A Summer Shark-Tale Memory


July 2018

Margot Oxendine

Since I’m spending the summer in a rather unadventurous way — reading on the porch, keeping my eye on birds and wildlife — my mind sometimes wanders to past adventures. So, here’s one for you. I’m sorry it’s coming in the middle of the summer, when you may well be frolicking along the seashore. Try not to dwell on it while you’re there, floating in the ocean. And, if you’re the squeamish sort, you may as well stop reading right now.

I have a photograph of myself taken one sunny afternoon when I was floating on the ocean. I was on an inflatable raft, in the middle of the Gulfstream. As you may know, the Gulfstream can be thousands of feet deep. That day, we figured we were probably about 4,000 feet above the seabed.

I appear quite serene in the photo; in fact, I seem to be snoozing while I float there. But I know the truth: I was not snoozing. My eyes were closed, and I was thinking about sharks. I had just watched the movie Jaws. No one who spends as much time on and in the sea as I did back then should have seen that movie. But I did. And I kept hearing that foreboding music in my head. You know the music I mean.

Every now and then, when the tropical sun would get too hot for me, I’d grab my mask and slip into the sea. A mask is always a good idea in the ocean, as are the most powerful fins you can handle. I didn’t have any fins that day.

It is an eerie and unearthly feeling to be swimming around in nothing but water, as far down and as far out as you can see, and then much further. Oddly, there were no fish. We were used to being surrounded by fish of all sorts, including pesky barracudas. No problem. But this day? Nada. When something has scared off the fish, it’s time to skedaddle.

I couldn’t help but think, I can see nothing; but, what is watching me? Then, I got all squirrelly and swam as swiftly and quietly back to the raft as I could.

After all, I knew exactly what might be out there watching. I’d seen it for myself a few days prior. We at Treasure Salvors were out to sea looking for fabulous stuff for weeks at a time. When you’ve got a crew on a boat at sea, you have garbage. You toss what’s biodegradable over the side before you bunk down for the night. And, the guys would always bait a big hook at the end of the winch. We were starved for entertainment.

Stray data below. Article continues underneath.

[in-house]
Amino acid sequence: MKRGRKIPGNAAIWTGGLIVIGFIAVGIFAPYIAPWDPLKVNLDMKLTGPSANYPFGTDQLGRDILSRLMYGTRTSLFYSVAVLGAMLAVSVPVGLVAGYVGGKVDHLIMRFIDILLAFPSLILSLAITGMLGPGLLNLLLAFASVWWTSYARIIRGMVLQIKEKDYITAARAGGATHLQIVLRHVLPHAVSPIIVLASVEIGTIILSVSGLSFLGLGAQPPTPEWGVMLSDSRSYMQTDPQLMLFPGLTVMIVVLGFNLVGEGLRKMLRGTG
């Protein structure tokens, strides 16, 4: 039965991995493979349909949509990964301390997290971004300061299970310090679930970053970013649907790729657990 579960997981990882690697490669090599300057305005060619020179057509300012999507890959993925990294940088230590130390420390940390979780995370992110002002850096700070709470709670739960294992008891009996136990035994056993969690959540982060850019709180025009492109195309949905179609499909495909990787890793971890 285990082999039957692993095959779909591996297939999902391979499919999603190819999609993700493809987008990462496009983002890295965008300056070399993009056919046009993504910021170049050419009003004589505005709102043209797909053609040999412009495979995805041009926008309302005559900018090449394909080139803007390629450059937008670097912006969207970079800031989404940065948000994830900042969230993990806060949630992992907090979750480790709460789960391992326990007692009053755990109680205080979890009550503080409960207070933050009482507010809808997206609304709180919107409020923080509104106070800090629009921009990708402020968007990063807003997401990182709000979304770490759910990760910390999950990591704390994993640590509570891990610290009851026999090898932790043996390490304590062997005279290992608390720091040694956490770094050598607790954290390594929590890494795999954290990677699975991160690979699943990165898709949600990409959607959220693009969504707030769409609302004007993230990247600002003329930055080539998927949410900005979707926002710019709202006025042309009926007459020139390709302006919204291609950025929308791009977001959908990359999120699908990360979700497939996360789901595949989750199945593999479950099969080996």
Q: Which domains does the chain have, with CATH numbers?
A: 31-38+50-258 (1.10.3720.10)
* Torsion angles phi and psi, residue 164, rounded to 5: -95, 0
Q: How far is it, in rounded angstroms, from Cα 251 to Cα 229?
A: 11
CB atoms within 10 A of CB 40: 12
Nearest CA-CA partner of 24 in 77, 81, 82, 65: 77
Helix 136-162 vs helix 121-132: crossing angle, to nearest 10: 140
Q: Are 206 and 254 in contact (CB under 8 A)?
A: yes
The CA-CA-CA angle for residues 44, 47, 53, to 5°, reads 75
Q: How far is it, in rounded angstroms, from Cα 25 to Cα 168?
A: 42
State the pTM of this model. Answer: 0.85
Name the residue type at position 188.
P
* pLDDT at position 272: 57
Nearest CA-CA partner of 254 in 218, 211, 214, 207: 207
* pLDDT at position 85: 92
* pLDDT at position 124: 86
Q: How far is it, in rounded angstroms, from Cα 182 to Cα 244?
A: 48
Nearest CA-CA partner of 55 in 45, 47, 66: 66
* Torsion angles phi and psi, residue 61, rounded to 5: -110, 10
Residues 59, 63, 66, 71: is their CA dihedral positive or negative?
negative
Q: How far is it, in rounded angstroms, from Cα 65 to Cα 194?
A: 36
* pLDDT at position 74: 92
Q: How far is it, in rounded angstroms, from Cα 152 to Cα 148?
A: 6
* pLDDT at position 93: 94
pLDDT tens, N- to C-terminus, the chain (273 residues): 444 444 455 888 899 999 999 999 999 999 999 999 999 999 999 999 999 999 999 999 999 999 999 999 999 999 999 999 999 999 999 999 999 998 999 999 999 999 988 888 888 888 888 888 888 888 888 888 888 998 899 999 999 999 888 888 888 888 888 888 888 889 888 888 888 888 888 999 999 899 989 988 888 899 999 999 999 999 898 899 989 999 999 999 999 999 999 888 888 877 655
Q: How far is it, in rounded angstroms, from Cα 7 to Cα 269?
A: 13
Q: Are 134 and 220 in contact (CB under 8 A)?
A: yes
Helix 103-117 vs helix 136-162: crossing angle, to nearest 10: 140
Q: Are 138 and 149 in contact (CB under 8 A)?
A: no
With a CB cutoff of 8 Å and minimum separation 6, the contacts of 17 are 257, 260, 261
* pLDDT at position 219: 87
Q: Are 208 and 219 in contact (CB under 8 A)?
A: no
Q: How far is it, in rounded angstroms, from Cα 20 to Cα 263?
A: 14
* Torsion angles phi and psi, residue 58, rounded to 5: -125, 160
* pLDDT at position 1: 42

The next morning, I awoke to hear loud, boisterous exclamations from some of the guys on deck. I went topside to take a look, and watched as they winched in a 17-foot tiger shark neatly hooked through the mouth and eye. Its gaping maw came out of the water first, and it was a rare and awesome sight to see.

They winched the shark up high, after hooking it through the gigantic tail fin. It hung upside down over the deck and spilled its innards. What was inside?

Well, the leftover food we’d been tossing over the rail every night. And a 4-foot black-tipped shark, neatly bitten off at the head. And a license plate from Mississippi. (Go figure.) And, to me, the creepiest thing: Part of a bright-yellow foul-weather jacket, with jagged tooth marks in it. Yikes!

We each had our picture taken, grinning beside the monstrous sea creature. Tiger sharks can be even more aggressive and fierce than great whites — a shark I’m happy to say I never even saw a glimpse of. I don’t know where my picture got to; somewhere around here, I guess. I do remember feeling vaguely “sorry” for the shark, but not so sorry that I wasn’t glad he could no longer gobble me up while I was searching for gold. Or even pottery shards.

And a strange thing happened that day, on that boat filled with brave, seemingly fearless men — master swimmers all. Every single one of us found a perfectly valid reason not to go diving that clear, sunny afternoon.

To read more of Margo’s adventures, order her book, “A Party of One.” Call 540-468-2147 Mon.-Thurs. from 9-5. Or email: [email protected]